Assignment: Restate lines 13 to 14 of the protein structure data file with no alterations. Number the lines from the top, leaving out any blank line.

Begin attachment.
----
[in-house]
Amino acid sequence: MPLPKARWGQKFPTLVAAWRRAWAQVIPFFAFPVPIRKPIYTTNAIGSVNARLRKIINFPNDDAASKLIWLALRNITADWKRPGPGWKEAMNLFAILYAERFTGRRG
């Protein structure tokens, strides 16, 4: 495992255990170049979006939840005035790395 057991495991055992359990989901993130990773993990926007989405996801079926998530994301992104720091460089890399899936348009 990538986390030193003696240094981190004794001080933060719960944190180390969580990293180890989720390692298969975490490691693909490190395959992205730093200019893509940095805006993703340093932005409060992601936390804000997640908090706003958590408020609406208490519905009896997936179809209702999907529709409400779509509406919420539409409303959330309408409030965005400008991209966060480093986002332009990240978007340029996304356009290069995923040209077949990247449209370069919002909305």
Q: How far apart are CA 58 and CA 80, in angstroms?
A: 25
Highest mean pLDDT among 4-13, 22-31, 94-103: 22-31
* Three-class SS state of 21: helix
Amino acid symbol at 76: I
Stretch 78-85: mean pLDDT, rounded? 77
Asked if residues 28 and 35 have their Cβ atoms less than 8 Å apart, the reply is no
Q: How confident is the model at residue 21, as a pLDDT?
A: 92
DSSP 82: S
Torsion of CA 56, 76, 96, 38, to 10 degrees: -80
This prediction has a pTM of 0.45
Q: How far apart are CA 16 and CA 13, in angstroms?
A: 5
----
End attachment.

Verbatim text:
DSSP 82: S
Torsion of CA 56, 76, 96, 38, to 10 degrees: -80